When Marvel hit it big in the early 60s, DC had to have noticed. It also had to address their existence. In Adventure Comics #350, Chameleon Boy morphs into a spider then winks at the reader and comments on Spider-Man (not named). Brave & Bold #74 (N'67) had Batman riff on Petey as well and the infamous B&B #68 (N'66) had the Bat-Hulk!

Justice League of America #75 (N'69) had supposedly Avengers-like foes though I never got that until fairly recently. #87 had the Heroes of Angor (Wandjina, Jack B. Quick, Silver Sorceress and Bluejay) who were counterparts of Thor, Quicksilver, Scarlet Witch and Yellowjacket. There were also the Marvel parodies with the Inferior 5.

Were they effective? Necessary? Cringe-worthy? And did I miss any?

Comments?

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Dave Blanchard said:

[Daredevil] also had the rare superpower, shared only by Superman, of convincing people that he was a different person merely by wearing glasses (cf., Mike Murdock).


And by Diana Prince, who throughout the Golden and Silver Ages, got away with concealing her Wonder Woman identity behind a pair of glasses. Hmmph . . . some military intelligence agent Steve Trevor was.


Commander Benson said:
Dave Blanchard said:

[Daredevil] also had the rare superpower, shared only by Superman, of convincing people that he was a different person merely by wearing glasses (cf., Mike Murdock).


And by Diana Prince, who throughout the Golden and Silver Ages, got away with concealing her Wonder Woman identity behind a pair of glasses. Hmmph . . . some military intelligence agent Steve Trevor was.

Hey! I'll have you know that eyeglasses make for an excellent disguise! Even for a dog!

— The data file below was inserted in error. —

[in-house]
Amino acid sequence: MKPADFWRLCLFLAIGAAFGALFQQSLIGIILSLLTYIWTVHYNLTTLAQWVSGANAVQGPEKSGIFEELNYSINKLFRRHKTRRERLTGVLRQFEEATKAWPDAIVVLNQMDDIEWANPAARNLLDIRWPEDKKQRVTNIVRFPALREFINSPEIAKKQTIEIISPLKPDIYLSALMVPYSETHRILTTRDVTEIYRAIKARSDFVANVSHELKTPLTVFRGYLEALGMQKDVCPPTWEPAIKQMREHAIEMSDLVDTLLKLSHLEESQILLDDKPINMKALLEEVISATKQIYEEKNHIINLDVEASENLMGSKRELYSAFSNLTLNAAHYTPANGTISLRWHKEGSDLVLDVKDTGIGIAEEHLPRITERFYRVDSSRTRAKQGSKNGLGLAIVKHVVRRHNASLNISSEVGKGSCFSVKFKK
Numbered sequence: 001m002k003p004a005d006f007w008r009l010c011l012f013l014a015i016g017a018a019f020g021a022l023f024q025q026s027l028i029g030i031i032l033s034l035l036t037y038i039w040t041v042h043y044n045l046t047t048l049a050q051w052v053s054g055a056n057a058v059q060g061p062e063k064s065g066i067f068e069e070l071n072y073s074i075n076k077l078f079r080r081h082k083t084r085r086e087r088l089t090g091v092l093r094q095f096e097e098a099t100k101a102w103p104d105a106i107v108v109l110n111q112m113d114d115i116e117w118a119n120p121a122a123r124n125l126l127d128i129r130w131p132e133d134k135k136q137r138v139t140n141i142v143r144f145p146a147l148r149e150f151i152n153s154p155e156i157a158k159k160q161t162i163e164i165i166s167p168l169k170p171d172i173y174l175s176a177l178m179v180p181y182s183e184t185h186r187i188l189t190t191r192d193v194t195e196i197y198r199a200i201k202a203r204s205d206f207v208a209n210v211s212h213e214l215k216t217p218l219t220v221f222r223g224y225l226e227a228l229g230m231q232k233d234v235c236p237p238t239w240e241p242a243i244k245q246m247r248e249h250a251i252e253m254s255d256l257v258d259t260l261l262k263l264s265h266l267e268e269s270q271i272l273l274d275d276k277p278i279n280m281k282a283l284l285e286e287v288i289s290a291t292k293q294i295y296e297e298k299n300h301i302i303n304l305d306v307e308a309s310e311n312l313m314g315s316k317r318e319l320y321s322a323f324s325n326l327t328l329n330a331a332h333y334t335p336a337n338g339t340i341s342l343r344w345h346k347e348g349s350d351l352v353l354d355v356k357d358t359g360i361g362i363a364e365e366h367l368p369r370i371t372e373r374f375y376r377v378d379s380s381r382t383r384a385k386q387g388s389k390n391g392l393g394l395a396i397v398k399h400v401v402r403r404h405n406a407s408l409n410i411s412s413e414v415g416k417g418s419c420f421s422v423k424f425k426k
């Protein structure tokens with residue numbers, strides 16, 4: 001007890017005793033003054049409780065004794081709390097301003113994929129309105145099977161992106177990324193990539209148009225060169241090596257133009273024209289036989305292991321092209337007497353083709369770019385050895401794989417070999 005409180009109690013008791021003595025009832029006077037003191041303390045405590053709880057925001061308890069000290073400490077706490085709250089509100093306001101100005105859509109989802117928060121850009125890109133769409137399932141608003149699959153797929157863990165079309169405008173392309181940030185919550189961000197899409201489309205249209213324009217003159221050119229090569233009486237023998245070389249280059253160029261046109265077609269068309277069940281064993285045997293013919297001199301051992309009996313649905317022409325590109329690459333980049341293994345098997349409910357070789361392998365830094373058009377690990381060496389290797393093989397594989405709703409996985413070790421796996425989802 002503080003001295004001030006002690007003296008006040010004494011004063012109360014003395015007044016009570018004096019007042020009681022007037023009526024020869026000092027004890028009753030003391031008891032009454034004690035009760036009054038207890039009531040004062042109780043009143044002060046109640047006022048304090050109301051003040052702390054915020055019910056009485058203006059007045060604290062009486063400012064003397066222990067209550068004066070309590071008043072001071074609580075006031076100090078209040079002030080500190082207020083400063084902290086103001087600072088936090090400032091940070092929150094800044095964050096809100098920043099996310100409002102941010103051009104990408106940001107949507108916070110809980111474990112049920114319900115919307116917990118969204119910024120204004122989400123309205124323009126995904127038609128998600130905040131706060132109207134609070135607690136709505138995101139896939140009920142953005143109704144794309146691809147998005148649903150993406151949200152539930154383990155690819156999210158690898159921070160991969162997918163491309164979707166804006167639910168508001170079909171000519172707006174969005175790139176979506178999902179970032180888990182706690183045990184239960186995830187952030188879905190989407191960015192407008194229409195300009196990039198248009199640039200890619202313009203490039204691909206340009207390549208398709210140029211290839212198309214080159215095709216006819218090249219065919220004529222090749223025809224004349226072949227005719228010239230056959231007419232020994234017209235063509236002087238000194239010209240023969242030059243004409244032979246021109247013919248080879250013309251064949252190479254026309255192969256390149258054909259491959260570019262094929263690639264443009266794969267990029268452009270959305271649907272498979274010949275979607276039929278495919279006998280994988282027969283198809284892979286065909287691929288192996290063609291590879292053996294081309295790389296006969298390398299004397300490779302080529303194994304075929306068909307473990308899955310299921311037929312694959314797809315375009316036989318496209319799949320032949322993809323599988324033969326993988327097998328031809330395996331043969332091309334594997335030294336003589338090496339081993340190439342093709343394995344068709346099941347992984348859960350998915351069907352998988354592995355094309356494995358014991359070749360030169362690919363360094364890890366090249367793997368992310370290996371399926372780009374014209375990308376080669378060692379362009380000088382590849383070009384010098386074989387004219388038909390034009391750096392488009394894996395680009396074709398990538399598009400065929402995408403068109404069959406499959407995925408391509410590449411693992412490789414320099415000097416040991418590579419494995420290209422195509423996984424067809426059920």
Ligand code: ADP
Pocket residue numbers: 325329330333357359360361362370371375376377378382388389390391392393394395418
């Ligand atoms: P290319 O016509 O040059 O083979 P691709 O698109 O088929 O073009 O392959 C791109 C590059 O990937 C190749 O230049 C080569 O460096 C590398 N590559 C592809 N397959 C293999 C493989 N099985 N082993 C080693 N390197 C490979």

Commander Benson said:
 Diana Prince, who throughout the Golden and Silver Ages, got away with concealing her Wonder Woman identity behind a pair of glasses. Hmmph . . . some military intelligence agent Steve Trevor was.
Good point -- I forgot about her. But then again, as much as I've ragged on and on (and on) about how lousy Prince Ra-Man was during DC's Silver Age, for sheer mind-numbing, wire-to-wire crumminess, probably nothing beats the sustained smackdown Bob Kanigher inflicted on Silver Age kids via his WONDER WOMAN stories. Thanks to DC's SHOWCASE PRESENTS series, I've had the opportunity to read thousands upon thousands of pages of prime 1960s comics that previously eluded me. None of those pages, however, have been WONDER WOMAN pages. And none are likely to any time soon.

...What the Commander said , regarding the Calls/FF/Sea Devils' , etc. , similarilty to the type of character line-up that , for instance , many younger audience-oriented movies of the late 50s/early 80s had .

  I was reminded by this of another one of these " $1 bodega " comics that I mentioned in the "...Read Today ? " line , I read an issue of...Was it Nightstalkers ? ( One word . ) A supernatural team , including Hannibal King , except I think that they were fighting him that issue...Well , it included a 1-page filler " commenting " upon the then-recent " Daeth Of Superman " , with both Clark Kent and Kal-El's name nearly - but not quite fully - visible on a gravestone .

  Several years ago that Marvel Knights Spider-Man title from Marvel had a story arc by one of the Hudlin Brothers involving an " almost/parodied/obvious " Superman reference , as well .

Command Benson wrote: >> Diana Prince, who throughout the Golden and Silver Ages, got away with concealing her Wonder Woman identity behind a pair of glasses. Hmmph . . . some military intelligence agent Steve Trevor was.

 

Good point -- I forgot about her. But then again, as much as I've ragged on and on (and on) about how lousy Prince Ra-Man was during DC's Silver Age, for sheer mind-numbing, wire-to-wire crumminess, probably nothing beats the sustained smackdown Bob Kanigher inflicted on Silver Age kids via his WONDER WOMAN stories. Thanks to DC's SHOWCASE PRESENTS series, I've had the opportunity to read thousands upon thousands of pages of prime 1960s comics that previously eluded me. None of those pages, however, have been WONDER WOMAN pages. And none are likely to any time soon.

 

Dave, here's a tip: If you want to use the quote function and then add your comments, first click on the "HTML" button on the row of buttons above the box where you type your response. That will reveal the hidden HTML coding